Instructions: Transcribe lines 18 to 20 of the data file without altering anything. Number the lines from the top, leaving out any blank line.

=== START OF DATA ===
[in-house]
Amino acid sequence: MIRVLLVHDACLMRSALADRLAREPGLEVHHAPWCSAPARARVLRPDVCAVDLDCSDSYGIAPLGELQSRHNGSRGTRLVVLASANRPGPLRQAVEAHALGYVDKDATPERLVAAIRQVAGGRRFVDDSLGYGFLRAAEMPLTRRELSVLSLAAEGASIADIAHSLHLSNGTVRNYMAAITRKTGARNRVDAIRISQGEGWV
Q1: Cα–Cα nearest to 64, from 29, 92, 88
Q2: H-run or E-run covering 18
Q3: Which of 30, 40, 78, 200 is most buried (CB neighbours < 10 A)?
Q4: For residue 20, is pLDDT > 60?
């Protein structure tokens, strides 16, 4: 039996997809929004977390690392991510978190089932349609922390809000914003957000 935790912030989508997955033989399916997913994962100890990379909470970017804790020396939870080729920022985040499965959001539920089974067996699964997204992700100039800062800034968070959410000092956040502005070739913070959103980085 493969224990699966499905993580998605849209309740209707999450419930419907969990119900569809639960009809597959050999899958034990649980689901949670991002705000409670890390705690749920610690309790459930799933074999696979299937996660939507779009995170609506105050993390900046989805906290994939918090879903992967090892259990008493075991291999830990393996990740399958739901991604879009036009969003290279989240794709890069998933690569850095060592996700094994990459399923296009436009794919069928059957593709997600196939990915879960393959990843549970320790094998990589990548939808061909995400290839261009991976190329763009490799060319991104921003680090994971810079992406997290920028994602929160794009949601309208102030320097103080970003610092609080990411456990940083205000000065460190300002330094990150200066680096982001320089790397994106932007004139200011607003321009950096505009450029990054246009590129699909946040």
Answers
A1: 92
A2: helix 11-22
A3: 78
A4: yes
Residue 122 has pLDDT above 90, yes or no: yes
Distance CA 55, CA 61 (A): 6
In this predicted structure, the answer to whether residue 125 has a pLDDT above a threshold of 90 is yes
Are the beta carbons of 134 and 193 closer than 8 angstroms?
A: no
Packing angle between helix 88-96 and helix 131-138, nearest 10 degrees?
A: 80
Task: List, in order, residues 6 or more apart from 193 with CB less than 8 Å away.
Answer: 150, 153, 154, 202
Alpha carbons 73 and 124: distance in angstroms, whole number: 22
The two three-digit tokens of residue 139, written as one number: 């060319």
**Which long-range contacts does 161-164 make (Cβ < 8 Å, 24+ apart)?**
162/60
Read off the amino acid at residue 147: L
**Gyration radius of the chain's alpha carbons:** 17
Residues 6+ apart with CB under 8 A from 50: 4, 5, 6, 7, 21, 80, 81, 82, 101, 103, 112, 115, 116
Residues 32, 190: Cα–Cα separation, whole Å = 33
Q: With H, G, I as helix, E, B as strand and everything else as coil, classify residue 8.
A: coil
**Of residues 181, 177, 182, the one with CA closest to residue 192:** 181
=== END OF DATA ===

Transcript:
Packing angle between helix 88-96 and helix 131-138, nearest 10 degrees?
A: 80
Task: List, in order, residues 6 or more apart from 193 with CB less than 8 Å away.